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Low Educational Level Increases Risk For Congestive Heart Failure

ORLANDO, March 25 -- Not completing high school increases the risk of congestive heart failure almost as much as smoking and high blood pressure, according to a study presented today at the American Heart Association's epidemiology and prevention meeting.

Congestive heart failure (CHF) is an often-fatal condition in which a weakened heart muscle fails to pump enough blood to supply the body and its major organs. The number of individuals who die from CHF has grown rapidly in the United States. CHF is the only form of heart disease that is increasing in the population. Nearly five million Americans are now living with CHF and 400,000 new cases will be diagnosed this year.

Lead researcher Jiang He, M.D., Ph.D., of the Tulane School of Public Health and Tropical Medicine in New Orleans, says, "The same conditions that increase the risk for congestive heart failure are, in general, the same ones for heart attack and stroke -- high blood pressure, diabetes, smoking, obesity and physical inactivity. But one important addition that we found in this study is the amount of education."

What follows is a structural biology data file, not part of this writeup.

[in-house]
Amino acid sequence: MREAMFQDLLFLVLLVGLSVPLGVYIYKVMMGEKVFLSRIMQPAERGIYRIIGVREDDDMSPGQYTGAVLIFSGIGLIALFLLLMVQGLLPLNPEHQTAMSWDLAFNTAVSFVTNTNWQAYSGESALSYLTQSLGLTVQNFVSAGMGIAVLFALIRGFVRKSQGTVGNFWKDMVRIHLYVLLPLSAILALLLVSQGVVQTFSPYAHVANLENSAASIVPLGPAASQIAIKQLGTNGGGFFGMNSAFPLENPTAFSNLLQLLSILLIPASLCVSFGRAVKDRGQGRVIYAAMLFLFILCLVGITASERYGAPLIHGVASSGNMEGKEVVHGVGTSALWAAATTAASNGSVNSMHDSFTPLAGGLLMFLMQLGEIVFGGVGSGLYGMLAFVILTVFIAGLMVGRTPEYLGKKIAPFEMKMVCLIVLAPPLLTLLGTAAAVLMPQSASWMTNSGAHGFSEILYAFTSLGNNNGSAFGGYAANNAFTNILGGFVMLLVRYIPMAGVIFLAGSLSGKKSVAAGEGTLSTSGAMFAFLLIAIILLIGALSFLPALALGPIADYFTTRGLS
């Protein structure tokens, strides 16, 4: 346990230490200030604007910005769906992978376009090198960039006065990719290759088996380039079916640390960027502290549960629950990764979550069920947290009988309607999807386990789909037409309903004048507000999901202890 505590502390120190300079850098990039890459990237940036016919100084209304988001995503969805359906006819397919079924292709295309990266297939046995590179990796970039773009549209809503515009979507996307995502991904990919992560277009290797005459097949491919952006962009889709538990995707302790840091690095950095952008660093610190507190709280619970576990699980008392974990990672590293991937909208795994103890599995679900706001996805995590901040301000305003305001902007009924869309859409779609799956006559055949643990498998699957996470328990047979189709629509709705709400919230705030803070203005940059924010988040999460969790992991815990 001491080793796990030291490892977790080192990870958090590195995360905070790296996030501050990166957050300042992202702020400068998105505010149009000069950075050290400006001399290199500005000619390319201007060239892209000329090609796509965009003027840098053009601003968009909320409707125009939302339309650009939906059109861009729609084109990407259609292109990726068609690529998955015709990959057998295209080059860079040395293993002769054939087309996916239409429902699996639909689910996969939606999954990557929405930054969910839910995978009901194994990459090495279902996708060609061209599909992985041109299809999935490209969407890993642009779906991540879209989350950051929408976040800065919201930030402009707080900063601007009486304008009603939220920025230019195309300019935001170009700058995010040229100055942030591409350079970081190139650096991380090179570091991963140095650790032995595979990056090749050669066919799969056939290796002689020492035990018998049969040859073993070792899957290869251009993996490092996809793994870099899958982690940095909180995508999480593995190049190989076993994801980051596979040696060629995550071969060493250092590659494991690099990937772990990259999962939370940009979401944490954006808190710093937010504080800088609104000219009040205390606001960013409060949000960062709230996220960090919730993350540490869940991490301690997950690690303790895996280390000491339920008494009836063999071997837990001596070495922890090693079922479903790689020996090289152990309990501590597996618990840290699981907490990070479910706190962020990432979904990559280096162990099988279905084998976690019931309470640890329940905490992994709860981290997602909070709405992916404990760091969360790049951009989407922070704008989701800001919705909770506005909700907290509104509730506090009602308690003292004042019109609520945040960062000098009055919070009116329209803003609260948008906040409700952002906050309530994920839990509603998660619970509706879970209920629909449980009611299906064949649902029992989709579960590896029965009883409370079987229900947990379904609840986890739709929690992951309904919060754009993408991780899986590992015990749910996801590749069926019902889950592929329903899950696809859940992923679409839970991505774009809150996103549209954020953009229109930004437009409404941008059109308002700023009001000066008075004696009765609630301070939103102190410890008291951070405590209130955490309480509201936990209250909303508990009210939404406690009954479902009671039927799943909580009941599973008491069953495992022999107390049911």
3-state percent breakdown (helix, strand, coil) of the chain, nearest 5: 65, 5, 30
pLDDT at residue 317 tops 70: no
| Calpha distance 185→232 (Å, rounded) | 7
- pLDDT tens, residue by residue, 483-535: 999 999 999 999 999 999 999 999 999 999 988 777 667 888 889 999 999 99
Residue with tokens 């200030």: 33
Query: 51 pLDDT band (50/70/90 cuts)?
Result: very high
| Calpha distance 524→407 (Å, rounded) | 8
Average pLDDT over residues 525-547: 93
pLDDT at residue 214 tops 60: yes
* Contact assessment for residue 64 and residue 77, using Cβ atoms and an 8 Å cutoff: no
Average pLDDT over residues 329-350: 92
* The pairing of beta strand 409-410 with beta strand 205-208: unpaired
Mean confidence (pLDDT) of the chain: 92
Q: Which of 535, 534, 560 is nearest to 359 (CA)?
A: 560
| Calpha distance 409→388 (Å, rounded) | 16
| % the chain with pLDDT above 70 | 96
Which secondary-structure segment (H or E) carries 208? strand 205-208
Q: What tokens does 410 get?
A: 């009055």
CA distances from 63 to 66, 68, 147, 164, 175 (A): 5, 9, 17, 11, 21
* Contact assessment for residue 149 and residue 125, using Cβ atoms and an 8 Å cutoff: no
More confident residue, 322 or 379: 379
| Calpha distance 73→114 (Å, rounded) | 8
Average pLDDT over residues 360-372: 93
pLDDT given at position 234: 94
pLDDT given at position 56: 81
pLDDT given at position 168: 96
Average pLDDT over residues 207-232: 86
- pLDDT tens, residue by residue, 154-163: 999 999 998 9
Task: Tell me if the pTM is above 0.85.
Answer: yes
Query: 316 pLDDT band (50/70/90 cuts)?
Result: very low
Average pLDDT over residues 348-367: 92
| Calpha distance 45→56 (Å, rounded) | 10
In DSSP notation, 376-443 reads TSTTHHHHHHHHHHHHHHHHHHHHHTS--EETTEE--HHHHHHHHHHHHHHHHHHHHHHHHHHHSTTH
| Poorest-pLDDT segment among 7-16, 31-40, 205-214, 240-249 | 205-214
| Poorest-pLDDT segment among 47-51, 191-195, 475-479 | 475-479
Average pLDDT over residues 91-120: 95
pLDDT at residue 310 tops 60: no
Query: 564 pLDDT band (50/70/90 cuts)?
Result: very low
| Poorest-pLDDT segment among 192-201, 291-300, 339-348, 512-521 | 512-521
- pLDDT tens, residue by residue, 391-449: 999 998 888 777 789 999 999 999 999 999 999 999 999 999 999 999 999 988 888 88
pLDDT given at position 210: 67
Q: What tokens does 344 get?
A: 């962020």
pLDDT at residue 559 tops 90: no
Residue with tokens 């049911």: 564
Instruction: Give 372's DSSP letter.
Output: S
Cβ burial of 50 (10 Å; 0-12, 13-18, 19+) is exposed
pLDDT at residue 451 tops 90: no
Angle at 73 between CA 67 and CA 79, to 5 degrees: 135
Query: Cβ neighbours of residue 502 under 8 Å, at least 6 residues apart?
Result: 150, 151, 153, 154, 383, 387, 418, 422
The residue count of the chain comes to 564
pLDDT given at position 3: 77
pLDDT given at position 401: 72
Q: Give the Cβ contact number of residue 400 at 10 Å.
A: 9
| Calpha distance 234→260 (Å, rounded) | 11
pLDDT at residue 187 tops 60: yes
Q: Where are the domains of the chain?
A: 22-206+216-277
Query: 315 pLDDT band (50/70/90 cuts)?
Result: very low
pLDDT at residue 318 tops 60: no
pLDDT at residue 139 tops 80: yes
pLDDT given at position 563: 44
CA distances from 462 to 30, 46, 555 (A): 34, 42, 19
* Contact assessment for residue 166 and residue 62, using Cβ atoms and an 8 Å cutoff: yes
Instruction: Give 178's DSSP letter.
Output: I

He and researchers at Tulane conducted a study to determine conditions that might contribute to CHF.

"By studying the factors that contribute to CHF, we can learn how modification of these factors might play a role in the prevention of CHF in the population," says He.

In the study of 14,000 men and women, ages 25 to 74, researchers collected information about the participants' age, sex, race, blood levels of cholesterol, blood pressure and body mass index (a numerical way to measure body fat based on weight and height). Other factors, such as diabetes, educational level, physical inactivity, cigarette smoking and alcohol consumption, were included in the analysis. The low educational level was included because previous studies had found an association with kidney failure.

During nearly 20 years of follow-up study, 1,382 individuals developed CHF. The strongest
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Contact: Carole Bullock
caroleb@heart.org
214-706-1279
American Heart Association
25-Mar-1999


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